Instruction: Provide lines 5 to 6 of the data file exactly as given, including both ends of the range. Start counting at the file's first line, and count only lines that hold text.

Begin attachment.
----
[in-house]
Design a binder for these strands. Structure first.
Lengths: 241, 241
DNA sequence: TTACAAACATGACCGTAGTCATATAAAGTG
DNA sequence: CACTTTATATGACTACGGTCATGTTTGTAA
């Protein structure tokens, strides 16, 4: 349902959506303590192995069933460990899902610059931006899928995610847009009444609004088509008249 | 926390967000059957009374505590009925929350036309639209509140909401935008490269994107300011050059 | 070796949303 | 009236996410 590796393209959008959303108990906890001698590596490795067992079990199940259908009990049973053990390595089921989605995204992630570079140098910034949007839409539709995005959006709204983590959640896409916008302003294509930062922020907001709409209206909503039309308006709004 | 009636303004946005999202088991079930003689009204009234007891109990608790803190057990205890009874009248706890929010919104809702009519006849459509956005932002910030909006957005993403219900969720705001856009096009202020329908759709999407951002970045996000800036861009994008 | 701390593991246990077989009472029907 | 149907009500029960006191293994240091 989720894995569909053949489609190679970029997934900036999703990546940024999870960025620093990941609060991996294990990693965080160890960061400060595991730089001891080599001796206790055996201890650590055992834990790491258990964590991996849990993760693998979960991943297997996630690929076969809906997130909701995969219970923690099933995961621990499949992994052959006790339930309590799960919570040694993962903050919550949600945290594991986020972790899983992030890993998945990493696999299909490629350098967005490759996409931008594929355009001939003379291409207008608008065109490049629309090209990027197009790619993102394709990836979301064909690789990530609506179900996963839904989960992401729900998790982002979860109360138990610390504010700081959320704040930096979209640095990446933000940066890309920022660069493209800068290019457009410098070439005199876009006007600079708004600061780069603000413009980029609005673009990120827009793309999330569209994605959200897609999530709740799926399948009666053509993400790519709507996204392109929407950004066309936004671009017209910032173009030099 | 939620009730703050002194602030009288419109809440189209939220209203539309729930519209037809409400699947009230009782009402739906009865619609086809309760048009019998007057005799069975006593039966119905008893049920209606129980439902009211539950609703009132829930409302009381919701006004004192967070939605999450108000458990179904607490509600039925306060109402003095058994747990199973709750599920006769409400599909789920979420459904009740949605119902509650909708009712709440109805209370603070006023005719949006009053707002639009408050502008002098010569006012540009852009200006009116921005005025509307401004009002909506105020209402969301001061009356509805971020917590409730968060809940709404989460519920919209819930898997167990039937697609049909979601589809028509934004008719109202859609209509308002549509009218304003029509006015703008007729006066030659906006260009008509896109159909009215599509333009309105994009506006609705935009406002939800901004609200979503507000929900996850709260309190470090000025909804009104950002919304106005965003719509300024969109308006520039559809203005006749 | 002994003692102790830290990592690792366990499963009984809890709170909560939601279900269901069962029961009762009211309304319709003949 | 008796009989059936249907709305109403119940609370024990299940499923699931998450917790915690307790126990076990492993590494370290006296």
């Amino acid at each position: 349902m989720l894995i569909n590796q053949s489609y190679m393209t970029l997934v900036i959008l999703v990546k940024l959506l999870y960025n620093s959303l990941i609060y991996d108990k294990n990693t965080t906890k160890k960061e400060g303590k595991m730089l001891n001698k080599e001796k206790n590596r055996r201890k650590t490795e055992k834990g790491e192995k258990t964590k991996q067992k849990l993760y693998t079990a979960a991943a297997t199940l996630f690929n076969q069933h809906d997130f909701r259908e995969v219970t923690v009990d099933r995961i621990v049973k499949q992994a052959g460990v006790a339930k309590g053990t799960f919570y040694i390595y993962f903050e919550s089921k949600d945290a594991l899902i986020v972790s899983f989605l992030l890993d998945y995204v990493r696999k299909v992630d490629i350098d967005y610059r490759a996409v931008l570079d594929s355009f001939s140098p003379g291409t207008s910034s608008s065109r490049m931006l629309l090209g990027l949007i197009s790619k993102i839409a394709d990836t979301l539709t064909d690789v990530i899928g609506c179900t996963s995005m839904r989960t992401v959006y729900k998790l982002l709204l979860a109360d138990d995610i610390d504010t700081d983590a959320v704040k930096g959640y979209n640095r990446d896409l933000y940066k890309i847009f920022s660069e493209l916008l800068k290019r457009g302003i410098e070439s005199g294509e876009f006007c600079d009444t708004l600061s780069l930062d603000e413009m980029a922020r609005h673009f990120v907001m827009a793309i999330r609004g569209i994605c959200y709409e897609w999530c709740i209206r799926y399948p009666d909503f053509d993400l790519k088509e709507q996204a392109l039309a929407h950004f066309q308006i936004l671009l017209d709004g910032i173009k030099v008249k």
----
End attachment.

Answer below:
DNA sequence: CACTTTATATGACTACGGTCATGTTTGTAA
């Protein structure tokens, strides 16, 4: 349902959506303590192995069933460990899902610059931006899928995610847009009444609004088509008249 | 926390967000059957009374505590009925929350036309639209509140909401935008490269994107300011050059 | 070796949303 | 009236996410 590796393209959008959303108990906890001698590596490795067992079990199940259908009990049973053990390595089921989605995204992630570079140098910034949007839409539709995005959006709204983590959640896409916008302003294509930062922020907001709409209206909503039309308006709004 | 009636303004946005999202088991079930003689009204009234007891109990608790803190057990205890009874009248706890929010919104809702009519006849459509956005932002910030909006957005993403219900969720705001856009096009202020329908759709999407951002970045996000800036861009994008 | 701390593991246990077989009472029907 | 149907009500029960006191293994240091 989720894995569909053949489609190679970029997934900036999703990546940024999870960025620093990941609060991996294990990693965080160890960061400060595991730089001891080599001796206790055996201890650590055992834990790491258990964590991996849990993760693998979960991943297997996630690929076969809906997130909701995969219970923690099933995961621990499949992994052959006790339930309590799960919570040694993962903050919550949600945290594991986020972790899983992030890993998945990493696999299909490629350098967005490759996409931008594929355009001939003379291409207008608008065109490049629309090209990027197009790619993102394709990836979301064909690789990530609506179900996963839904989960992401729900998790982002979860109360138990610390504010700081959320704040930096979209640095990446933000940066890309920022660069493209800068290019457009410098070439005199876009006007600079708004600061780069603000413009980029609005673009990120827009793309999330569209994605959200897609999530709740799926399948009666053509993400790519709507996204392109929407950004066309936004671009017209910032173009030099 | 939620009730703050002194602030009288419109809440189209939220209203539309729930519209037809409400699947009230009782009402739906009865619609086809309760048009019998007057005799069975006593039966119905008893049920209606129980439902009211539950609703009132829930409302009381919701006004004192967070939605999450108000458990179904607490509600039925306060109402003095058994747990199973709750599920006769409400599909789920979420459904009740949605119902509650909708009712709440109805209370603070006023005719949006009053707002639009408050502008002098010569006012540009852009200006009116921005005025509307401004009002909506105020209402969301001061009356509805971020917590409730968060809940709404989460519920919209819930898997167990039937697609049909979601589809028509934004008719109202859609209509308002549509009218304003029509006015703008007729006066030659906006260009008509896109159909009215599509333009309105994009506006609705935009406002939800901004609200979503507000929900996850709260309190470090000025909804009104950002919304106005965003719509300024969109308006520039559809203005006749 | 002994003692102790830290990592690792366990499963009984809890709170909560939601279900269901069962029961009762009211309304319709003949 | 008796009989059936249907709305109403119940609370024990299940499923699931998450917790915690307790126990076990492993590494370290006296």